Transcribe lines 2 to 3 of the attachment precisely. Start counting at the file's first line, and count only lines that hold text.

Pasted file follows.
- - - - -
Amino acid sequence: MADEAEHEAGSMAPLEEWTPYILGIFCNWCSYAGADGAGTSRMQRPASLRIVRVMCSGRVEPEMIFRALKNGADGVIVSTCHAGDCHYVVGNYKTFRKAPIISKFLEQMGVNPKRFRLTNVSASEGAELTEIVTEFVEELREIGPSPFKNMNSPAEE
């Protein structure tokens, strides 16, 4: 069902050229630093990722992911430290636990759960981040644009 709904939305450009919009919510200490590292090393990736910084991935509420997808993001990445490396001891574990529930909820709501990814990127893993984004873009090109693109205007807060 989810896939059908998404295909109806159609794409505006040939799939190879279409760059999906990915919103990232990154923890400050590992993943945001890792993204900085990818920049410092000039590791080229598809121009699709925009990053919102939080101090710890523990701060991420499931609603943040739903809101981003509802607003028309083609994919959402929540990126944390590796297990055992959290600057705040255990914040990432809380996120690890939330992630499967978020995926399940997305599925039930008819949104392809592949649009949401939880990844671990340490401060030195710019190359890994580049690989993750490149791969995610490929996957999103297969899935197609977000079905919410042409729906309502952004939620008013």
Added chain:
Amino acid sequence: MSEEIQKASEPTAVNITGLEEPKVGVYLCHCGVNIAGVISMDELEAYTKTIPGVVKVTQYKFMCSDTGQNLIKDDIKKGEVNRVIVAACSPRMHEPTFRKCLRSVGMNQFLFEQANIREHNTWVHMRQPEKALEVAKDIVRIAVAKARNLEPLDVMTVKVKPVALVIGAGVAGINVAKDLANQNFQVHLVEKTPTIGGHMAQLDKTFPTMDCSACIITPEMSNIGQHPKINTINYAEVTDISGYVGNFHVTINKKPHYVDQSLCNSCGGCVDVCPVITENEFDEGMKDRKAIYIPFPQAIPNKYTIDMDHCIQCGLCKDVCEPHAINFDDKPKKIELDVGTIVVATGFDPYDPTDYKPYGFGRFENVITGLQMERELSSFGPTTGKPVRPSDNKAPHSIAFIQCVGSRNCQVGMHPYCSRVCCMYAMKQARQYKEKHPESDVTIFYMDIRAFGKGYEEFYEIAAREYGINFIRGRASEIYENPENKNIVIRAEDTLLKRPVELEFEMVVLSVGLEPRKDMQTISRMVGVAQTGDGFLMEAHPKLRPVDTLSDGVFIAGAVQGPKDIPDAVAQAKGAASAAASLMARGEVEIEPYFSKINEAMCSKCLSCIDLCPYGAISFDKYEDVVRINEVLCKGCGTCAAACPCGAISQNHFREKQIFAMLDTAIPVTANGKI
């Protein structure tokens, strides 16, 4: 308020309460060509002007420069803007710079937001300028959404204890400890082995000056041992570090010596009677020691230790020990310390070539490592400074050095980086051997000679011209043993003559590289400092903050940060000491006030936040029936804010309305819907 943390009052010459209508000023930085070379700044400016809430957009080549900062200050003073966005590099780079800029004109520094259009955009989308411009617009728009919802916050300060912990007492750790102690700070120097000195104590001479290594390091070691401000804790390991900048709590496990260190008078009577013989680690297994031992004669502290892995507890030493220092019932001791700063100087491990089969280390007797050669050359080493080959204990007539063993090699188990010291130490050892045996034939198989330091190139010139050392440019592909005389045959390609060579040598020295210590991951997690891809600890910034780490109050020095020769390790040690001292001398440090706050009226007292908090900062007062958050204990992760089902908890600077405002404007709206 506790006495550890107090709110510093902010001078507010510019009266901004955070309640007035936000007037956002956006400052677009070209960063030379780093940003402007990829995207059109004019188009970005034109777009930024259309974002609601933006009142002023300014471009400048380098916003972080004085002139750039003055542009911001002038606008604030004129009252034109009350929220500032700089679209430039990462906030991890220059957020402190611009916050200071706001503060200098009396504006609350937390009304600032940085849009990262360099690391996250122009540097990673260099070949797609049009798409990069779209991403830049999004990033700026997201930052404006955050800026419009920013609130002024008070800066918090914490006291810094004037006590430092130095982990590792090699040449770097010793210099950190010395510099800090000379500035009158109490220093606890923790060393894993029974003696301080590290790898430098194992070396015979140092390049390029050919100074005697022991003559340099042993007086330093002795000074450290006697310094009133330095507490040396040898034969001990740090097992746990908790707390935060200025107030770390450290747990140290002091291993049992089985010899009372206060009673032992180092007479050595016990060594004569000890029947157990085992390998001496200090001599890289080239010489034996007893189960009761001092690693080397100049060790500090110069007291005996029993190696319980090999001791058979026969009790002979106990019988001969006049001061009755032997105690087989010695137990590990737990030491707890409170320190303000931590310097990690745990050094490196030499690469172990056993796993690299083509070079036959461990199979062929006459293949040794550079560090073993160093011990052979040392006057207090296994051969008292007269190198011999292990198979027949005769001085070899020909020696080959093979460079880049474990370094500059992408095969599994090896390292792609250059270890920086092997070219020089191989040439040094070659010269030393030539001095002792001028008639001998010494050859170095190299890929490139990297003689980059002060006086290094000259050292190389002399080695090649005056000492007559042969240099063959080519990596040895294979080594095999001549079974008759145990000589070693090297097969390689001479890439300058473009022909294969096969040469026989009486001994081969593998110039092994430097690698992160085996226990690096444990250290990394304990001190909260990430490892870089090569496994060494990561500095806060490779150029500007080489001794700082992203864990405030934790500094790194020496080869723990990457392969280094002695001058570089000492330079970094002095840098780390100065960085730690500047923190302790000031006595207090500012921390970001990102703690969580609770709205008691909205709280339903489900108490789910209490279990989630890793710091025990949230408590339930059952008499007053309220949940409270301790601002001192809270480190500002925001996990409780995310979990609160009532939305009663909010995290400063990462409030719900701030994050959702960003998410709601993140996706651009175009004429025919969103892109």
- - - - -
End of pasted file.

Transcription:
């Protein structure tokens, strides 16, 4: 069902050229630093990722992911430290636990759960981040644009 709904939305450009919009919510200490590292090393990736910084991935509420997808993001990445490396001891574990529930909820709501990814990127893993984004873009090109693109205007807060 989810896939059908998404295909109806159609794409505006040939799939190879279409760059999906990915919103990232990154923890400050590992993943945001890792993204900085990818920049410092000039590791080229598809121009699709925009990053919102939080101090710890523990701060991420499931609603943040739903809101981003509802607003028309083609994919959402929540990126944390590796297990055992959290600057705040255990914040990432809380996120690890939330992630499967978020995926399940997305599925039930008819949104392809592949649009949401939880990844671990340490401060030195710019190359890994580049690989993750490149791969995610490929996957999103297969899935197609977000079905919410042409729906309502952004939620008013």
Added chain: